Crawlies with Cri: Speckled gall wasp

Speckled gall wasp (Cynips mirabilis) – Photos by Christy Solo

If you have white oak trees, and there’s a good chance you do, you’ve probably seen this week’s crawly. Meet the speckled gall wasp (Cynips mirabilis).
Let’s get the “don’t panic” portion out of the way. While galls on plants and trees may look a little funky, it’s very rare for any species of gall to cause any actual damage to the plant or tree.
Hundreds of species of arthropods live in and depend on oak trees, it’s in the best interest of all of them to do nothing more than some cosmetic damage to their home. There are even multiple species of gall wasps that specifically live in oaks, but the oaks keep on growing.
That said, galls like those of the speckled gall wasp are absolutely fascinating! As you can see by the photo the speckled gall wasp gets their name from their gall, not their appearance. If their name came from their looks, they’d be the “shining golden wasp”.
The photo also gives you a good idea as to why you’ve likely overlooked these bity beauties. The pictured female is perched on the tip of a cotton swab getting a drink of sugar water. All one-quarter of an inch of her easily fits on the cotton swab with room to spare.
Many adult gall wasps will hibernate over winter, so you may see some on warmer autumn days. In spring they will lay eggs at the base of newly sprouting leaves and then “The Amazing Life of a Gall” begins.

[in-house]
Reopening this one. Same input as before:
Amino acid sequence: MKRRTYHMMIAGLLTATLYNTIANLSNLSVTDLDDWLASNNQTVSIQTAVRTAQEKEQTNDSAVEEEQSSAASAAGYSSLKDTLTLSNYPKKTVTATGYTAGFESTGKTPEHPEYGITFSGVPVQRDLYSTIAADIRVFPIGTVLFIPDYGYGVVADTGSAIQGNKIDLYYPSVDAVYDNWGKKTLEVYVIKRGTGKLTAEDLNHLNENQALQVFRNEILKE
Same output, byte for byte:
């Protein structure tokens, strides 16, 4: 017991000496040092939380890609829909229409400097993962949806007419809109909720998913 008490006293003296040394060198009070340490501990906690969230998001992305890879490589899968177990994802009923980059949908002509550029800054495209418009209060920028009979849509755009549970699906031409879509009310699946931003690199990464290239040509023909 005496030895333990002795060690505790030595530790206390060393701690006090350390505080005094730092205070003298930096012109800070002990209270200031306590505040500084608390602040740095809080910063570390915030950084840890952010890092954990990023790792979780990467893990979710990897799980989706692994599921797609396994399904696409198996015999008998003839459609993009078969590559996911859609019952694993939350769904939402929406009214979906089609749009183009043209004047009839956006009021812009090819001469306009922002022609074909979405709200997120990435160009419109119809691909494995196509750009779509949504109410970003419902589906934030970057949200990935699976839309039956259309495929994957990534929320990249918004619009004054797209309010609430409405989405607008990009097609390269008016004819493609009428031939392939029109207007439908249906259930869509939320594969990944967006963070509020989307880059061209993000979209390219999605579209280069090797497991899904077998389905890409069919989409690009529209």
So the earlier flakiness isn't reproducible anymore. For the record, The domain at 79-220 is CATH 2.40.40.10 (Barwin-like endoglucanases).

When the wasp lays their egg on the sprouting leaf, they use specialized glands to inject growth-regulating chemicals into the leaf. These interact with specific chemicals in the oak leaf to produce abnormal growths or “galls”.
The egg of the gall wasp is unharmed and completely encased inside the gall. When the larva hatches, they feed on the gall tissue and grow. In addition to holding nutrition for the young wasp, the inside of the speckled gall is also filled with hair-like filaments which act like packing material to protect the young wasp.
Galls are the ultimate “tiny houses”. They’re waterproof, insulated, fully stocked with food and nearly impenetrable to would-be predators and parasites.
The galls fall along with the leaves in autumn and the adult wasps chew their way out and find shelter for the winter. If you find a gall with a tiny hole in it, you know it’s empty; the wasp having successfully emerged.
The adult gall wasps are beneficial pollinators of late fall and early spring flowers and a food source for birds and various arthropods.
Fun facts: The abandoned galls can be used in crafting, you can even craft little gall wasps from old galls. Oak gall ink – which was used to pen the Declaration of Independence – can be made from the abandoned galls of various species of gall wasps who live in oaks.